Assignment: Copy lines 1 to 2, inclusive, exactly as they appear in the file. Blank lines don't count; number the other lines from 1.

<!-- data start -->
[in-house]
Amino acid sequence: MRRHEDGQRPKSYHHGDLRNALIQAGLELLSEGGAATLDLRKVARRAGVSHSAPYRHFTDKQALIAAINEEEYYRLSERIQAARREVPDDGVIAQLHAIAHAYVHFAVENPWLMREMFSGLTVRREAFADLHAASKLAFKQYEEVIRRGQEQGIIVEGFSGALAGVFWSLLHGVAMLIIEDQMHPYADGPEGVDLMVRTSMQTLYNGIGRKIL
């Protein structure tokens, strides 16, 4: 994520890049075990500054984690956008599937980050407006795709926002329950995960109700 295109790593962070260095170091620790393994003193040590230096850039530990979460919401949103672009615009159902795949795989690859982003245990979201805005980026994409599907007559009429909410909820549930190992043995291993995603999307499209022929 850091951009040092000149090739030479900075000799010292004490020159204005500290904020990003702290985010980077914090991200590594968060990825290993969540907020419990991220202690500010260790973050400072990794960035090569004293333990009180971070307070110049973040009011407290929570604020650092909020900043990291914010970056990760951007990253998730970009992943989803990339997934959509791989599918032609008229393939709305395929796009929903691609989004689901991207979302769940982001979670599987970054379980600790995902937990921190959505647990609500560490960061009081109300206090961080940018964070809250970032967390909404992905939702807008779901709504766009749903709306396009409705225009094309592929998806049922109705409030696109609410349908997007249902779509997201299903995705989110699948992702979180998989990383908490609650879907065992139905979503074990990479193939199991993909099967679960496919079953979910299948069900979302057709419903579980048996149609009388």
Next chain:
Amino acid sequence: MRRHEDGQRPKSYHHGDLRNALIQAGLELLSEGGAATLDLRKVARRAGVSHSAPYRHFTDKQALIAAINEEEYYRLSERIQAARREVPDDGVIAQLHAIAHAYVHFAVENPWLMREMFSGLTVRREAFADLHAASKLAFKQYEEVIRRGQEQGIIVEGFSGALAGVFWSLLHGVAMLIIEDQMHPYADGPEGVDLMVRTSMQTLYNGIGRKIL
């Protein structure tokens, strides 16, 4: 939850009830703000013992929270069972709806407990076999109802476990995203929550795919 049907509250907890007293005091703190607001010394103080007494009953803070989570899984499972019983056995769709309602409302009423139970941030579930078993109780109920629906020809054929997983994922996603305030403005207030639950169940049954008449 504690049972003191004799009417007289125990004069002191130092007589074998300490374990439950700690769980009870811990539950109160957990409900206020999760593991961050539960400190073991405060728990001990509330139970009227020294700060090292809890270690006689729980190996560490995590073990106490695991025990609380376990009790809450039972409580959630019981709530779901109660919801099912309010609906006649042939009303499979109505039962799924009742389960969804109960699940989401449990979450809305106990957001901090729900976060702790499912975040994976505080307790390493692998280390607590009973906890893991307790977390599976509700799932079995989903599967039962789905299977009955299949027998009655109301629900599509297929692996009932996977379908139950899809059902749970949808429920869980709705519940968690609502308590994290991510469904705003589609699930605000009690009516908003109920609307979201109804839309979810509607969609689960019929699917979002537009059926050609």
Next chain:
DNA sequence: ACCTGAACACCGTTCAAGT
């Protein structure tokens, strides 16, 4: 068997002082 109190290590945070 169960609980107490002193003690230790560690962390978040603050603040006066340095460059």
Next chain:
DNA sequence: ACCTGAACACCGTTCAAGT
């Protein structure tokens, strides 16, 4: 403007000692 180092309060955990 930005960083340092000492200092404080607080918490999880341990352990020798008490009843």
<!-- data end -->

[in-house]
Amino acid sequence: MRRHEDGQRPKSYHHGDLRNALIQAGLELLSEGGAATLDLRKVARRAGVSHSAPYRHFTDKQALIAAINEEEYYRLSERIQAARREVPDDGVIAQLHAIAHAYVHFAVENPWLMREMFSGLTVRREAFADLHAASKLAFKQYEEVIRRGQEQGIIVEGFSGALAGVFWSLLHGVAMLIIEDQMHPYADGPEGVDLMVRTSMQTLYNGIGRKIL